Thanks for the clarification. Well, actually it may be possible that different JAX-RS implementations handle ReaderInterceptor invocation differently.

The exact wording in the JAX-RS spec is:

An entity interceptor implementing ReaderInterceptor wraps around calls to MessageBodyReader ’s
method readFrom . An entity interceptor implementing WriterInterceptor wraps around calls to
MessageBodyWriter ’s method writeTo . JAX-RS implementations are REQUIRED to call registered
interceptors when mapping representations to Java types and vice versa.

It would be interesting to know how CXF handles this requirement.

Also, it may be worth a try to add a parameter of type javax.ws.rs.core.Form to your controller method. If CXF doesn't execute the ReaderInterceptor because there is no Java type to map, this may force it to do so.

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mthmulders commented Sep 10, 2018

Bingo! Adding an javax.ws.rs.core.Form parameter to the controller method fires the CsrfValidateInterceptor.

By the way, paragraph 3.3.2.1 of the JAX-RS 2.1 spec suggests that a ReaderInterceptor should be executed for @FormParam method arguments:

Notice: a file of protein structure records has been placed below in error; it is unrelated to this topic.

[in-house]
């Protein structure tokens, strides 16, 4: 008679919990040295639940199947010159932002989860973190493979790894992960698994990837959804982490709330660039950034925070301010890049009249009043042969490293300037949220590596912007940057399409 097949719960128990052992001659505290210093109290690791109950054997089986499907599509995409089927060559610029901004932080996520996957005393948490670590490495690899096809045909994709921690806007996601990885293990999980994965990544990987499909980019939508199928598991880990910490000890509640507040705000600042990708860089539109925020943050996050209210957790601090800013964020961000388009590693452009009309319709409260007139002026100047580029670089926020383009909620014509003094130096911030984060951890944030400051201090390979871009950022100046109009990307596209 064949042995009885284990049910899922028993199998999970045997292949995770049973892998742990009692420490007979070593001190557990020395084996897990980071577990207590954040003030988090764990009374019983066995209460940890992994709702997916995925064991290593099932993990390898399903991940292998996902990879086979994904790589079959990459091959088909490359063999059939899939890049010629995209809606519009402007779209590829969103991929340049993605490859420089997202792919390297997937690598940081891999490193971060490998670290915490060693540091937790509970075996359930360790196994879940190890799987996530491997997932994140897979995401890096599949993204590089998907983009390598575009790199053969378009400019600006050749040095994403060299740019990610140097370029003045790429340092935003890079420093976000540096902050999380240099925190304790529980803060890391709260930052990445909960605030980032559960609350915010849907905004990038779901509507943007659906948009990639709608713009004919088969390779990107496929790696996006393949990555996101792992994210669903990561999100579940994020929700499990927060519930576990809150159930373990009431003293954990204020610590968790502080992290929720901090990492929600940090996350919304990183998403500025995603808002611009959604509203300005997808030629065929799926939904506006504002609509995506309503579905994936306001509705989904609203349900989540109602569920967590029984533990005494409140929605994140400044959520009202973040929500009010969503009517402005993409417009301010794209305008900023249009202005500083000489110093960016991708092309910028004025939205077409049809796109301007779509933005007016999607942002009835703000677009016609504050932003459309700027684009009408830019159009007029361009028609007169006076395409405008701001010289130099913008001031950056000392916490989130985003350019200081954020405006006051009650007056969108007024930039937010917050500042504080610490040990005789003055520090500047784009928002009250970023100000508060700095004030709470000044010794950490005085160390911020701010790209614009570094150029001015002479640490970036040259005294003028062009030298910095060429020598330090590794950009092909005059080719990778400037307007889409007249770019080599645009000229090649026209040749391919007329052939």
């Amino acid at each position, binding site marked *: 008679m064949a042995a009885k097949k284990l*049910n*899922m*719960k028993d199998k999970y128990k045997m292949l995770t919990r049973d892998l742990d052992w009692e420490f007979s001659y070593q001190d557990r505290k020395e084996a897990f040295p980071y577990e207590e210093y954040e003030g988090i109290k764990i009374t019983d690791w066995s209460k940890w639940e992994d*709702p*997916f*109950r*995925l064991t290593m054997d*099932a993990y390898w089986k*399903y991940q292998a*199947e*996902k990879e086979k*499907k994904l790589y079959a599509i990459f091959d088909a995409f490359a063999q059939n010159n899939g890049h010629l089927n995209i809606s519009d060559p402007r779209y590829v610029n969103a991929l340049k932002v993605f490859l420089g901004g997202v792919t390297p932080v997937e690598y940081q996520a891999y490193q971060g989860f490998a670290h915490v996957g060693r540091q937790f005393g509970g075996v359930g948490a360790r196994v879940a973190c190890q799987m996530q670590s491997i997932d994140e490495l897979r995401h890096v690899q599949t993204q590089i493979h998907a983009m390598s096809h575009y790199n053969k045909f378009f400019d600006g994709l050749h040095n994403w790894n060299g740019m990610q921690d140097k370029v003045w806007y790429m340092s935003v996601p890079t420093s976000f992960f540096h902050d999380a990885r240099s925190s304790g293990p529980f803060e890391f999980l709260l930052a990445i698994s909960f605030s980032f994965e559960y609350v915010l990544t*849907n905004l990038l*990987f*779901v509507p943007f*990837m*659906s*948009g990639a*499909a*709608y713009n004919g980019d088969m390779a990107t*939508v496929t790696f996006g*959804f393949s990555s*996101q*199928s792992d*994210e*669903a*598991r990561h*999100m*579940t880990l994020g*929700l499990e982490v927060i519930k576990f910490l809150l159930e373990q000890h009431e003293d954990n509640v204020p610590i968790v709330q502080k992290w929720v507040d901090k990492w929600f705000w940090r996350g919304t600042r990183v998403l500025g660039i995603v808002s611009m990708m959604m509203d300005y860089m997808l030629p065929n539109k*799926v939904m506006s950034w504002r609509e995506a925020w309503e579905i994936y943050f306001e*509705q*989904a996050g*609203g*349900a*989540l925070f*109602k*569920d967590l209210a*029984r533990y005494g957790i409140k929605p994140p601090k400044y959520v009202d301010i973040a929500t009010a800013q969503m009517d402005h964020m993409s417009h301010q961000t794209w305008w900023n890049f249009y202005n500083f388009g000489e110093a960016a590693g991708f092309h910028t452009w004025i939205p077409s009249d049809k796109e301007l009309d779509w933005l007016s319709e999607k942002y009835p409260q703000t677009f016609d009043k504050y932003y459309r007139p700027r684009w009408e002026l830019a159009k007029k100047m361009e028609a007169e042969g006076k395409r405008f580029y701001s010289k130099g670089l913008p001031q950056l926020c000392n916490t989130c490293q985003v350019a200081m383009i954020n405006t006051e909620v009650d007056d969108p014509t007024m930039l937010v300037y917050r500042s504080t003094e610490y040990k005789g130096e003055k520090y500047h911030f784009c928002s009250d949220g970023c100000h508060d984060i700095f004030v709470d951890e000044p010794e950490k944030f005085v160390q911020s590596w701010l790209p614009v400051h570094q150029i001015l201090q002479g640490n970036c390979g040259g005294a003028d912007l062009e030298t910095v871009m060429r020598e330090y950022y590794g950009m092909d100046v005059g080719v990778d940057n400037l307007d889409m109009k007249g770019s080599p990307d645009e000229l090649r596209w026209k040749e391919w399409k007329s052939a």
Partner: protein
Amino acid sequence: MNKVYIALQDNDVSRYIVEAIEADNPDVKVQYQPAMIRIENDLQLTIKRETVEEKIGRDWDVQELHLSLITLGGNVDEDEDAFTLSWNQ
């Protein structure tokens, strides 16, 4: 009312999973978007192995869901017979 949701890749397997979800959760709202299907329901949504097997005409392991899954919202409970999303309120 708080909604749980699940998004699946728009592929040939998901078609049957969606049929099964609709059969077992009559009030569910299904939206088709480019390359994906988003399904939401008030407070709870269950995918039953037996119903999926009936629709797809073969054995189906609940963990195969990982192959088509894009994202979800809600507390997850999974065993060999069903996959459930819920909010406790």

The value of a parameter not annotated with @FormParam or any of the annotations listed in in Section 3.2, called the entity parameter, is mapped from the request entity body. Conversion between an entity body and a Java type is the responsibility of an entity provider, see Section 4.2. Resource methods MUST have at most one entity parameter.

I did a quick search in the CXF issue tracker, but can't find anything related to this issue.

What would be the way to go here? File an issue with CXF and see if they agree upon our interpretation of the spec at this point?

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chkal commented Sep 11, 2018

Ok, thanks a lot! That's interesting!

I just asked for clarification about this on the jaxrs-dev list. But I agree that CXF is most likely doing it wrong. However, as always, such statements in the spec are up to interpretation. 😁